Because It Is All We Know
by Emma S.
If the average bookworm or author had a dime for every time she was asked, “Why do you read so much?” or “Why do you write?” she could afford to stay home and solely read, write, or both. Those questions are intertwined; therefore, they should be addressed simultaneously. One may read to find someone like herself or, perhaps, because it is just what she does. There is no single answer to why we read or write; instead, there is an infinite number.
Rainbow Rowell’s Fangirl is a young adult novel about a fanfiction writer during her freshman year of college. During the protagonist Cath’s first day in an advanced creative writing class, the professor asks her students why they write fiction.
One of the older students, a guy, decided he was game. “To express ourselves,” he offered.
“Sure,” Professor Piper said. “Is that why you write?”
The guy nodded.
“Okay. Why else?”
“Because we like the sound of our own voices,” a girl said…
“Yes,” Professor Piper laughed… “That’s why I write, definitely. That’s why I teach.” They all laughed with her. “Why else?”
Why do I write? Cath tried to come up with a profound answer—knowing she wouldn’t speak up, even if she did.
“To explore new worlds,” someone said.
“To explore old ones,” someone else said…
To be somewhere else, Cath thought.
“So,” Professor Piper purred. “Maybe to make sense of ourselves?”
“To set ourselves free,” a girl said.
To get free of ourselves.
“To show people what it’s like inside our heads,” said a boy…
“To make people laugh.”
“To get attention.”
“Because it’s all we know.”
“Speak for yourself,” the professor said. “I play the piano. But keep going—I love this. I love it.”
“To stop hearing the voices in our head,” said the boy in front of Cath…
To stop, Cath thought. To stop being anything or anywhere at all.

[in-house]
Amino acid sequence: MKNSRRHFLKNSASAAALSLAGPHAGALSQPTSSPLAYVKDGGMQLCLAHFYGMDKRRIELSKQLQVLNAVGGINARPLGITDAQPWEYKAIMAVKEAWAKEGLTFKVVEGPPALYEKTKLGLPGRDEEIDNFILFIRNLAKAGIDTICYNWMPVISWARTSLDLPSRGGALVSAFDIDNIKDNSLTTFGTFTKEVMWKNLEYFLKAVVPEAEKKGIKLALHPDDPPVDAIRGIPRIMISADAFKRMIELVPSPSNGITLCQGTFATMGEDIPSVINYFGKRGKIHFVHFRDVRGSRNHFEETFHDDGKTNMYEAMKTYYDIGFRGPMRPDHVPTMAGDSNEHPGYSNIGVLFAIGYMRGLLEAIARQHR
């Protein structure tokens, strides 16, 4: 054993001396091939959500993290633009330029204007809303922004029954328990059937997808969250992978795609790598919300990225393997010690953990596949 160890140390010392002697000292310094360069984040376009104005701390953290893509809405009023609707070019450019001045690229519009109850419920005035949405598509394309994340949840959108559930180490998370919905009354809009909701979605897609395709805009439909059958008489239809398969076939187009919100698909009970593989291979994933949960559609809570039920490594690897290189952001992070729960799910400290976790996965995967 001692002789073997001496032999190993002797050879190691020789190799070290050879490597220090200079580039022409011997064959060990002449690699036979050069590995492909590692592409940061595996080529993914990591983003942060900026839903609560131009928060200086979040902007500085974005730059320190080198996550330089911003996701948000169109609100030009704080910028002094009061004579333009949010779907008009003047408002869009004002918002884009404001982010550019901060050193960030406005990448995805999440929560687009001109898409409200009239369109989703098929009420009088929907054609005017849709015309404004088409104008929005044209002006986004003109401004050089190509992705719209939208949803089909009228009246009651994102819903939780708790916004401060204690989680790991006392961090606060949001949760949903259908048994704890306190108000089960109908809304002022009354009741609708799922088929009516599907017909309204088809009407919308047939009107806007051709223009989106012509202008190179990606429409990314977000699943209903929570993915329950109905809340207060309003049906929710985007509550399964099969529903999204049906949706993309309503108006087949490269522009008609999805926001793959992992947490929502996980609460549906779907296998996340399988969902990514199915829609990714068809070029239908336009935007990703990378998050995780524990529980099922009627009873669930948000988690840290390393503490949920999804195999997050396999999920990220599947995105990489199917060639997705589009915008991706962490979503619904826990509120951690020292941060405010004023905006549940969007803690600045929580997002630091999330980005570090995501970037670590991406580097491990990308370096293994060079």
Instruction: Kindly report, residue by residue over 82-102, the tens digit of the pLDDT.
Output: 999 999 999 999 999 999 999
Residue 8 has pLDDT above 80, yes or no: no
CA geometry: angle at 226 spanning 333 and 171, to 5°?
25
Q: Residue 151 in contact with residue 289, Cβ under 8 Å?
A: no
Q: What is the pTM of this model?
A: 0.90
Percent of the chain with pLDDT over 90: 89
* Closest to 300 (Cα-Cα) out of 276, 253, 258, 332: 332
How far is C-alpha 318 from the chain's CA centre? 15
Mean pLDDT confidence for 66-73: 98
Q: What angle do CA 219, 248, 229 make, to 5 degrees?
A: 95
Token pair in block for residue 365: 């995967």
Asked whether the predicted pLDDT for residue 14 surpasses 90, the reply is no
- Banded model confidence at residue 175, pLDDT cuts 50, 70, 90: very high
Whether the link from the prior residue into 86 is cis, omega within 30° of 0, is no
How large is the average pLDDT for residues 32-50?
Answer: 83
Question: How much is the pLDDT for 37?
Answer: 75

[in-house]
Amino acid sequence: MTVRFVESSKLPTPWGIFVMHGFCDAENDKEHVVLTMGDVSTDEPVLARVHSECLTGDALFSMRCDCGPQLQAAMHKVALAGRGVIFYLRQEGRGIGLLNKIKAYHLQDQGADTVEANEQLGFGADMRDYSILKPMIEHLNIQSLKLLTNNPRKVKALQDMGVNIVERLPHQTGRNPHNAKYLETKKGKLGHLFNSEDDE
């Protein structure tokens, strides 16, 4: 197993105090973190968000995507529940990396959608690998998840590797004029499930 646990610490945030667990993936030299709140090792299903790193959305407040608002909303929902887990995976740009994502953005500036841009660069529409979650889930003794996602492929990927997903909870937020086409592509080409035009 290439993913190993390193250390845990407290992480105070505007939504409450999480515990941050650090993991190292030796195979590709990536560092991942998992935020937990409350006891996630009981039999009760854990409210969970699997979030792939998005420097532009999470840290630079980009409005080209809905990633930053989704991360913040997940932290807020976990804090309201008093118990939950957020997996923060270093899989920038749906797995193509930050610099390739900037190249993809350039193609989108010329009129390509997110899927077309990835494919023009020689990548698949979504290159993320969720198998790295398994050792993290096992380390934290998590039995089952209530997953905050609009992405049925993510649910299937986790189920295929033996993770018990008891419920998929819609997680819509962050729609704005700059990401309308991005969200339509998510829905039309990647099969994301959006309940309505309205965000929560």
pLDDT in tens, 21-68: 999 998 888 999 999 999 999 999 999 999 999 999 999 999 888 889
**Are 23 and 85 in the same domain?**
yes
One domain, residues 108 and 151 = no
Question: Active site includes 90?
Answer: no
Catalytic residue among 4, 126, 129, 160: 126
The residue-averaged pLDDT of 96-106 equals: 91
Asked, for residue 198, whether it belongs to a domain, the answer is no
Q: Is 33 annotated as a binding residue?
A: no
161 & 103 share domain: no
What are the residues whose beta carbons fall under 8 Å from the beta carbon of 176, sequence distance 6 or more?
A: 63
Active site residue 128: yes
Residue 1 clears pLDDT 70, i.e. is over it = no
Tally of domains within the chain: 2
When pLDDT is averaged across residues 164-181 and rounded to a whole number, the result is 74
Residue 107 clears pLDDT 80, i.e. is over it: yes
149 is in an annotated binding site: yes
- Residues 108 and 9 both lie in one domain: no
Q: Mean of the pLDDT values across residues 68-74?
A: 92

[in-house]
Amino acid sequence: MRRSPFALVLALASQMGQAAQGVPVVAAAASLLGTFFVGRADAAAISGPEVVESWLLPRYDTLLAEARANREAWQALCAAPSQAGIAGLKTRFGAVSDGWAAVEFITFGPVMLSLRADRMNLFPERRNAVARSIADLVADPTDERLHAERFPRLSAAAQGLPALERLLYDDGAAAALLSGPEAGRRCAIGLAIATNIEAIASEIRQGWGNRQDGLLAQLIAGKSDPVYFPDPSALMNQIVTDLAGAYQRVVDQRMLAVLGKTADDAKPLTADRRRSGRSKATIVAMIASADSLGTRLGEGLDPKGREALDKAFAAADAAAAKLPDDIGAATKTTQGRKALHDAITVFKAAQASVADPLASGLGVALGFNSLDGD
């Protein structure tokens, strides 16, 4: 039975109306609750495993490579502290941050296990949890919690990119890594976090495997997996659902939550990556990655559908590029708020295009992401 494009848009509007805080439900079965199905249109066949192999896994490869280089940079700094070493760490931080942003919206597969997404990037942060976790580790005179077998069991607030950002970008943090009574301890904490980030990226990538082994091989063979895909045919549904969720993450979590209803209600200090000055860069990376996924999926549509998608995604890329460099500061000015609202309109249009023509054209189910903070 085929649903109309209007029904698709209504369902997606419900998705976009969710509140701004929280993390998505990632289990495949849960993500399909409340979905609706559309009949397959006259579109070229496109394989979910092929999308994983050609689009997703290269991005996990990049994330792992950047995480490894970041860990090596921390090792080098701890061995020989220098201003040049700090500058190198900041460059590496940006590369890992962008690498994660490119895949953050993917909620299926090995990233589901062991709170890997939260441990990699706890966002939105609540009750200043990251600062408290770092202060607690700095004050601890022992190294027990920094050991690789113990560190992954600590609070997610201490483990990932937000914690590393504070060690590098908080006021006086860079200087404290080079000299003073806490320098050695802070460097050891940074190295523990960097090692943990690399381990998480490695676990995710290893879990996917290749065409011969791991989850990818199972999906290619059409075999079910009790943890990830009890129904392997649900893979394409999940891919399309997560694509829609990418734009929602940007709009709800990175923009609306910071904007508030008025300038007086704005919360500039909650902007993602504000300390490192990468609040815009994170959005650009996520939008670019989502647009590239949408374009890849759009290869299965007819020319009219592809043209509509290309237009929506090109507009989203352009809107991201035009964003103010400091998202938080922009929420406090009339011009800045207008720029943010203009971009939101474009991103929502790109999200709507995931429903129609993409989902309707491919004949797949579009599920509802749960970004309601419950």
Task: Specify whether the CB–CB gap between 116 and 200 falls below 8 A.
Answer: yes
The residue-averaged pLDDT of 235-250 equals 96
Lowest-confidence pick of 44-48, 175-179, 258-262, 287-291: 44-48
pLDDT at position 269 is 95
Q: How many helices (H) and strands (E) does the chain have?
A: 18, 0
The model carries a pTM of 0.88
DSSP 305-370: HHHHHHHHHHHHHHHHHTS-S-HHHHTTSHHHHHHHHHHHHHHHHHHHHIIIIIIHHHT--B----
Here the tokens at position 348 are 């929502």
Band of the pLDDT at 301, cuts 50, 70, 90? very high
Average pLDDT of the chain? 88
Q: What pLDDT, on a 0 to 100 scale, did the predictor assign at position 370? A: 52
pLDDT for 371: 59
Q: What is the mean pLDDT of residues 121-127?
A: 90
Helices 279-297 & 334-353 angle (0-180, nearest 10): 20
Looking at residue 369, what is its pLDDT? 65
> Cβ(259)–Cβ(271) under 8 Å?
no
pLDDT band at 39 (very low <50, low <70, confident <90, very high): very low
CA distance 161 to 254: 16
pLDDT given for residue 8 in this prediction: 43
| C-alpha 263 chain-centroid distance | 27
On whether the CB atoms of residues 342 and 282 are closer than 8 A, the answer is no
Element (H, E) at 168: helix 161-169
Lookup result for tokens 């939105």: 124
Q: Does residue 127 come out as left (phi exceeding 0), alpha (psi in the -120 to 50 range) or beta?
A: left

“To leave our mark… To create something that will outlive us.”
The boy in front of Cath spoke up again: “Asexual reproduction.”
Cath imagined herself at her laptop. She tried to put into words how it felt, what happened when it was good, when it was working, when the words were coming out of her before she knew what they were, bubbling up from her chest, like rhyming, like rapping, like jump-roping, she thought, jumping just before the rope hit your ankles.
“To share something true,” another girl said…
Cath shook her head.
“Why do we write fiction?” Professor Piper asked.
Cath looked down at her notebook.
To disappear. (21-23)
Everyone reads or writes for a different reason. Indeed, there are many answers in that quote from Fangirl alone; however, there are many more to discuss.
We read to escape a cruel and unfair world—especially because knowing characters have problems, as well, is reassuring. We write to create a world of our own invention where we can escape. So many preteens, teens, and college students suffer from bullying, anxiety, depression, and a plethora of other problems. If they can dive into a book and flee our world for even a little while, their hopes are boosted. If they can write so much that it feels as if a great burden has been lifted, then the world is a better place.
Two important facets of reading are to learn and to be entertained. Reading makes better writers, and writing make better readers. We read because we thirst for knowledge—whether it be historical, scientific, cultural, psychological, or something else entirely. Conversely, we write to share that knowledge. We read to be inspired, which is especially important to a writer, who often composes to inspire. Additionally, reading provides hours upon hours of enjoyment. Books are wells of information and entertainment.
We read and write because words are the breath of life. Language is powerful. In the mouth of God, they create something out of nothing. In a human mouth, words ignite wars, love, and friendships. Words can be a spark in a creative person’s mind, which could lead to the next bestseller, the next top one hundred song, the next great invention, etc. The possibilities are endless, and they can inspire and cause feelings in others, which continues the cycle.
We read to learn how others feel. We read and write to feel something, anything, or perhaps even to be changed. There are still a vast number of reasons, and it would take pages to cover them all. But perhaps, all these reasons can be summed up in two sentences. We read to know we are not alone. We read because it is all we know.